The Yemeni government and the Saudi-led coalition failed to provide sufficient military support for local tribes to fend off the Houthis. While the Houthis possess sophisticated heavy weapons, such as ballistic, heat-seeking, surface-to-air, Scud, and anti-ship cruise missiles, as well as tanks, the tribes and Yemeni forces use mostly basic weapons that are no match for the Houthis’ arsenal. “In one day, the Houthis burned 41 vehicles and we lost 33 men. They have the weapons to cause a lot of damage to us. We rely on airstrikes to help but an airstrike can bomb one or two Houthi vehicles,” a local tribesman told the author. “You do the math,” he added Moreover, civilian casualties as a result of airstrikes create resentment against the government and the coalition, playing into the hands of the Houthis. Last month, a coalition airstrike in Jawf left at least 31 civilians, including 19 children, dead. “Instead of helping the tribes, the coalition is pushing them toward the Houthis with these airstrikes,” said a local tribesman in Jawf.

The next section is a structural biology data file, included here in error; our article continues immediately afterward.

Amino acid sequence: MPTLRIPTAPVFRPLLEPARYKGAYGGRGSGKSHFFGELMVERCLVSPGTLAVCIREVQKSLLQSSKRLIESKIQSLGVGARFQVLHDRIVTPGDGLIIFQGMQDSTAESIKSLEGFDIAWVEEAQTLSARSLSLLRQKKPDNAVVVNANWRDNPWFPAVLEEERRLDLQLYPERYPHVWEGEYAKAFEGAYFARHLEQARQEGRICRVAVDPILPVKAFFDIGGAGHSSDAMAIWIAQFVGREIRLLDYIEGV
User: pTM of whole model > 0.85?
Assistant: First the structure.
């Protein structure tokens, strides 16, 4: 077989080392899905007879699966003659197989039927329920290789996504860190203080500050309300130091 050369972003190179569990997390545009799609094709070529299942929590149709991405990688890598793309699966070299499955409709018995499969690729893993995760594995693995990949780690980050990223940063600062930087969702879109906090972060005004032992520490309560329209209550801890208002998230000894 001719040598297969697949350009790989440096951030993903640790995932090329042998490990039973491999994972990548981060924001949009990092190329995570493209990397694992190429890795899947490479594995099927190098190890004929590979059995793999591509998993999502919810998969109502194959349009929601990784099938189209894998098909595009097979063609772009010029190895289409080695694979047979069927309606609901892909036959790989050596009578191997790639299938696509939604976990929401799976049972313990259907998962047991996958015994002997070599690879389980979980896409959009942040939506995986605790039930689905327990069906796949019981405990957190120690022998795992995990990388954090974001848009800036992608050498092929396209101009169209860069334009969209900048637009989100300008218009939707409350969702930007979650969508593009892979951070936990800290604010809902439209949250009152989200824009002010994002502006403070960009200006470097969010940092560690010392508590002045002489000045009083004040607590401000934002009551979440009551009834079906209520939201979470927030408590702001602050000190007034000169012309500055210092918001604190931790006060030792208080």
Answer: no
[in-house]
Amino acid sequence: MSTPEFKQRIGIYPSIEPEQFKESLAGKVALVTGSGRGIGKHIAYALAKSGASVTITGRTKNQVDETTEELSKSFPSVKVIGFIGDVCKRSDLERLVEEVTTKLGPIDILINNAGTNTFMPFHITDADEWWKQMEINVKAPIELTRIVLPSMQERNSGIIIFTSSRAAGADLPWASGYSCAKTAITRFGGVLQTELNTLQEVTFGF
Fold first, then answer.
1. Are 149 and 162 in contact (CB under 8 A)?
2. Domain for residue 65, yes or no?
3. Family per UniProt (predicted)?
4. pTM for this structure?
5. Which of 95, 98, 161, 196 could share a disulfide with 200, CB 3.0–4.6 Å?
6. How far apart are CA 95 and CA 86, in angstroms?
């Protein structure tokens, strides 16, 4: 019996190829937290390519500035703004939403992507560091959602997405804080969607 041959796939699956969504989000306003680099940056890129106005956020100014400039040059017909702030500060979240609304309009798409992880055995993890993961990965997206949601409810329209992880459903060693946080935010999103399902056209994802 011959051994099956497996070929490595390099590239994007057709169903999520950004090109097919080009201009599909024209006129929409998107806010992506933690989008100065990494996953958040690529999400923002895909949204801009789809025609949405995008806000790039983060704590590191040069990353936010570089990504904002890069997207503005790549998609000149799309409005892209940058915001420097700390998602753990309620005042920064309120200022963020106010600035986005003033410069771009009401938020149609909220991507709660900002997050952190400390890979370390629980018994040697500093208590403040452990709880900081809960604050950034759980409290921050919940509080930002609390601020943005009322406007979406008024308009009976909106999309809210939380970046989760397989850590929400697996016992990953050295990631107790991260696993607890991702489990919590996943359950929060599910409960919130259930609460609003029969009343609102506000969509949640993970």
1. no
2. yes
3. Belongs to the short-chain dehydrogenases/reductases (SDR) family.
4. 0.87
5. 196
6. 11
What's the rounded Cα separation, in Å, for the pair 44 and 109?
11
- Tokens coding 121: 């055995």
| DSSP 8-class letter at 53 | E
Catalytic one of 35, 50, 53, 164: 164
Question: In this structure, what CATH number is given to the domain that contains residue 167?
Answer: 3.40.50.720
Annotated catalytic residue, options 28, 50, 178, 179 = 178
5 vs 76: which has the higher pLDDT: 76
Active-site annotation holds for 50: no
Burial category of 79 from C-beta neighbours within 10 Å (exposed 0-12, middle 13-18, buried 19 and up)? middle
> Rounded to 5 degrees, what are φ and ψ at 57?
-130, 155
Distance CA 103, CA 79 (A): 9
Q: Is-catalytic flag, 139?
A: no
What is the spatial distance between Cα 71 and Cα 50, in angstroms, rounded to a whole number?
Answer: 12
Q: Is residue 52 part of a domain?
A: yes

Incompetence, lack of unified leadership, and the absence of a military strategy by the Yemeni government and the Saudi-led coalition played into the hands of the Houthis. In a letter to the minister of defense, the head of the six military regions in Jawf mentioned that two government brigades refused to engage with the Houthis. Local contacts in Jawf told the author that the government did not send any significant reinforcements to Jawf, leaving the tribes to face the Houthis by themselves for about 45 days. “They left us high and dry and to face the Houthis alone,” said Abdrabuh al-Shaif, a tribal leader from Jawf. An officer in the 155 Brigade in Jawf believes that disagreements between the coalition and the government contributed to the fall of Hazm. “We were surprised that as the fighting escalated, coalition air support did not intervene as before and, right before sunset, the coalition withdrew their weapons from the center of the governorate, which caused confusion among soldiers and citizens in the city,” he said.